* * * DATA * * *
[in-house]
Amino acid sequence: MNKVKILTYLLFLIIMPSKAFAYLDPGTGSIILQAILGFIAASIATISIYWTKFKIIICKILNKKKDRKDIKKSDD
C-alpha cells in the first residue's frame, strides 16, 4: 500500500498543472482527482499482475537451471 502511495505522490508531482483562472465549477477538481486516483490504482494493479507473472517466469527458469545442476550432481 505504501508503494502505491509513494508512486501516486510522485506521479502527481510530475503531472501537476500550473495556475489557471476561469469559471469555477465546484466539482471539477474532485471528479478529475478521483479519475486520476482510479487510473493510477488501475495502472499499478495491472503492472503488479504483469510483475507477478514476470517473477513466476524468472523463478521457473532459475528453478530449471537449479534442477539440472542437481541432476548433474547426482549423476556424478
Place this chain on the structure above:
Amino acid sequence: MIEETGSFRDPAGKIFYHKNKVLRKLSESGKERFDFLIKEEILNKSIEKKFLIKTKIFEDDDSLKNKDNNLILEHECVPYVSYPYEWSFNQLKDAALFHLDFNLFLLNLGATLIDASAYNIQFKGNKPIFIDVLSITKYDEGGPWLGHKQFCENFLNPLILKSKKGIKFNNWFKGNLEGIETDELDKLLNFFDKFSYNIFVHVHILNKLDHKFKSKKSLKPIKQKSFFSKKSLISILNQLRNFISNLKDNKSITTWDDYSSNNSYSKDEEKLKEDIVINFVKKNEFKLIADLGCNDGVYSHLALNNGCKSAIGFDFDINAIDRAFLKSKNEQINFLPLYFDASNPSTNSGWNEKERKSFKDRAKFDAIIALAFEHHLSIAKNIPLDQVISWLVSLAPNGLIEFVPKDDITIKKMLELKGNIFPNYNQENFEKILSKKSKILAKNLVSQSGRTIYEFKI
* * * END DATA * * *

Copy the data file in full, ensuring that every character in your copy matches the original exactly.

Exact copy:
[in-house]
Amino acid sequence: MNKVKILTYLLFLIIMPSKAFAYLDPGTGSIILQAILGFIAASIATISIYWTKFKIIICKILNKKKDRKDIKKSDD
C-alpha cells in the first residue's frame, strides 16, 4: 500500500498543472482527482499482475537451471 502511495505522490508531482483562472465549477477538481486516483490504482494493479507473472517466469527458469545442476550432481 505504501508503494502505491509513494508512486501516486510522485506521479502527481510530475503531472501537476500550473495556475489557471476561469469559471469555477465546484466539482471539477474532485471528479478529475478521483479519475486520476482510479487510473493510477488501475495502472499499478495491472503492472503488479504483469510483475507477478514476470517473477513466476524468472523463478521457473532459475528453478530449471537449479534442477539440472542437481541432476548433474547426482549423476556424478
Place this chain on the structure above:
Amino acid sequence: MIEETGSFRDPAGKIFYHKNKVLRKLSESGKERFDFLIKEEILNKSIEKKFLIKTKIFEDDDSLKNKDNNLILEHECVPYVSYPYEWSFNQLKDAALFHLDFNLFLLNLGATLIDASAYNIQFKGNKPIFIDVLSITKYDEGGPWLGHKQFCENFLNPLILKSKKGIKFNNWFKGNLEGIETDELDKLLNFFDKFSYNIFVHVHILNKLDHKFKSKKSLKPIKQKSFFSKKSLISILNQLRNFISNLKDNKSITTWDDYSSNNSYSKDEEKLKEDIVINFVKKNEFKLIADLGCNDGVYSHLALNNGCKSAIGFDFDINAIDRAFLKSKNEQINFLPLYFDASNPSTNSGWNEKERKSFKDRAKFDAIIALAFEHHLSIAKNIPLDQVISWLVSLAPNGLIEFVPKDDITIKKMLELKGNIFPNYNQENFEKILSKKSKILAKNLVSQSGRTIYEFKI